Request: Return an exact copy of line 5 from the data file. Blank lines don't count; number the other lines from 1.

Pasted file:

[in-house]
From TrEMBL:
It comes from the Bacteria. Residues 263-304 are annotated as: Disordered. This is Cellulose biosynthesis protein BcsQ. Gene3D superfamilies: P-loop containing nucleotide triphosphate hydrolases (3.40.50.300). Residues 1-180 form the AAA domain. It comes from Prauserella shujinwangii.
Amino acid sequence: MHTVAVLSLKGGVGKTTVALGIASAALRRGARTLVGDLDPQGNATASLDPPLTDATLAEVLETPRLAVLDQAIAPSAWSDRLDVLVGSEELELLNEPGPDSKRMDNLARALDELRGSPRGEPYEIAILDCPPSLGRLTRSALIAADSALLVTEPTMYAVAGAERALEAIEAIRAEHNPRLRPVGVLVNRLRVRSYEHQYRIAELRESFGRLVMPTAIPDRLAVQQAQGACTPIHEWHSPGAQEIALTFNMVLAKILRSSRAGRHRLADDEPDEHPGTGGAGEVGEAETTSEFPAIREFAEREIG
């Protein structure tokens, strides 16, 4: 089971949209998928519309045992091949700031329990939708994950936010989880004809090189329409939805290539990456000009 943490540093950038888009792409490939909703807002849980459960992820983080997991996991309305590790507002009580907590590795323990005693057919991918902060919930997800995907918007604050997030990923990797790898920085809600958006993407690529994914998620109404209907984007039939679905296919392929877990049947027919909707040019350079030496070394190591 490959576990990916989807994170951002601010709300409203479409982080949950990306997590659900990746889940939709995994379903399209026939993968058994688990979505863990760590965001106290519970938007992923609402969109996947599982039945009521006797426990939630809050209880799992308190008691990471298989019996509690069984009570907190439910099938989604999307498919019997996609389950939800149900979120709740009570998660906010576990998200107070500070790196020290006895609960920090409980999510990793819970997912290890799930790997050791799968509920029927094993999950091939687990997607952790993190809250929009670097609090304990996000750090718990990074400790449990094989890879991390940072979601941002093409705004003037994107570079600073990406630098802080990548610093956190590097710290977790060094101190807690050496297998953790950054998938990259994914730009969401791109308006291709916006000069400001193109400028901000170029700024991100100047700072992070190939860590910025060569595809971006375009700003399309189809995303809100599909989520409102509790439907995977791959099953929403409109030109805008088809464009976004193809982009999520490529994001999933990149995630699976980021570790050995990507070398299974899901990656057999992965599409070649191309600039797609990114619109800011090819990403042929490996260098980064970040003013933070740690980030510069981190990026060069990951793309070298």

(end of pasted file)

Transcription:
């Protein structure tokens, strides 16, 4: 089971949209998928519309045992091949700031329990939708994950936010989880004809090189329409939805290539990456000009 943490540093950038888009792409490939909703807002849980459960992820983080997991996991309305590790507002009580907590590795323990005693057919991918902060919930997800995907918007604050997030990923990797790898920085809600958006993407690529994914998620109404209907984007039939679905296919392929877990049947027919909707040019350079030496070394190591 490959576990990916989807994170951002601010709300409203479409982080949950990306997590659900990746889940939709995994379903399209026939993968058994688990979505863990760590965001106290519970938007992923609402969109996947599982039945009521006797426990939630809050209880799992308190008691990471298989019996509690069984009570907190439910099938989604999307498919019997996609389950939800149900979120709740009570998660906010576990998200107070500070790196020290006895609960920090409980999510990793819970997912290890799930790997050791799968509920029927094993999950091939687990997607952790993190809250929009670097609090304990996000750090718990990074400790449990094989890879991390940072979601941002093409705004003037994107570079600073990406630098802080990548610093956190590097710290977790060094101190807690050496297998953790950054998938990259994914730009969401791109308006291709916006000069400001193109400028901000170029700024991100100047700072992070190939860590910025060569595809971006375009700003399309189809995303809100599909989520409102509790439907995977791959099953929403409109030109805008088809464009976004193809982009999520490529994001999933990149995630699976980021570790050995990507070398299974899901990656057999992965599409070649191309600039797609990114619109800011090819990403042929490996260098980064970040003013933070740690980030510069981190990026060069990951793309070298």